The 8 Plays Every Actor Should Read
If you’re hoping to become a successful theatre actor, it’s a good idea to expand your knowledge of playwrights and their celebrated plays.
Being able to see these plays performed will provide you with invaluable insight, but reading them will be just as helpful. While by no means definitive, this list of the 8 plays every actor should read is an excellent place to start.
1. Lorraine Hansberry: A Raisin in the Sun
A Raisin in the Sun is an excellent study of what it really means to love another and focuses on family, race, and what’s worth fighting for in the end. With stage directions that read almost like a novel of its own, A Raisin in the Sun is perfect study material for any actor.
2. Julia Cho: BFE
BFE is centred on Panny, a young girl stuck in bland suburbia with an agoraphobic mother who is addicted to plastic surgery.
It may have an unusual premise, but all the themes in BFE are highly relatable and remind the reader about the power of images and words.
3. Tony Kushner: Angels in America
Set in the 1980s during the first outbreak of the AIDS epidemic, Angels in America runs for 7 hours when performed live and has won the Pulitzer Prize and Tony Awards.
Powerful and raw, the bonds of community and sexuality are expertly portrayed.
4. Yasmina Reza: God of Carnage
God of Carnage won the Tony Award for Best Play in 2009 thanks to its claustrophobic (so much so that you may have to take an Australian sports betting break) and explosive depiction of two couples who meet to discuss a fight between their two young sons.
Through intelligent dialogue, God of Carnage exposes the fact that we aren’t as evolved as we would like to believe.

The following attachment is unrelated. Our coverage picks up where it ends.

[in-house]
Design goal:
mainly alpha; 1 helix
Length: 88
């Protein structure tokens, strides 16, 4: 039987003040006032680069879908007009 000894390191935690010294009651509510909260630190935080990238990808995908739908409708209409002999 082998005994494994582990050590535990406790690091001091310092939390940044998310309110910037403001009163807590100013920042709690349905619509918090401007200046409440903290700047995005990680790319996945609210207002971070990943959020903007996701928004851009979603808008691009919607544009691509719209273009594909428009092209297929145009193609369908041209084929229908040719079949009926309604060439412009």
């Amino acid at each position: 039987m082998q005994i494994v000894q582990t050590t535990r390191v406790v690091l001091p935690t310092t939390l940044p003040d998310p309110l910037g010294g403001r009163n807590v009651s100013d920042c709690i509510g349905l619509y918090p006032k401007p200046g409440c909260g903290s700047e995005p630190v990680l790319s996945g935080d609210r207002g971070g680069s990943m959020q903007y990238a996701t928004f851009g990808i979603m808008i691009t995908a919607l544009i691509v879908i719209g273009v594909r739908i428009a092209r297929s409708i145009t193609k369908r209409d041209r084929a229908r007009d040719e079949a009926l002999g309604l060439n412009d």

5. John Logan: Red
Red is set in the 1950s and tells the story of artist Mark Rothko and the relationship with his protégé which illustrates how an artist sees their work and what it actually means to create.
The insight into the mind of a truly creative person will provide actors with a plethora of inspiration.
6. Edward Albee: Who’s Afraid of Virginia Woolf?
Best described as a blow-by-blow account of the unravelling of a seemingly perfect marriage, Who’s Afraid of Virginia Woolf? will lead you to laugh in horror as you discover that not everything is as it seems.
7. Nina Raine: Tribes
Tribes tells the story of Billy, a British man born deaf to a family who can all hear.
Instead of being taught sign language, Billy has to learn to read lips and speak to his hearing family, until his life is changed by a girl who teaches him to sign.
8. Jean-Paul Sartre: No Exit
No Exit tells the story of 3 deceased people spending the rest of the afterlife locked in a room together.
While these 3 couldn’t possibly more ill-suited which leads to plenty of confrontation, Sartre’s career as an existential philosopher lends the play its power as it focuses on themes of freedom and choice.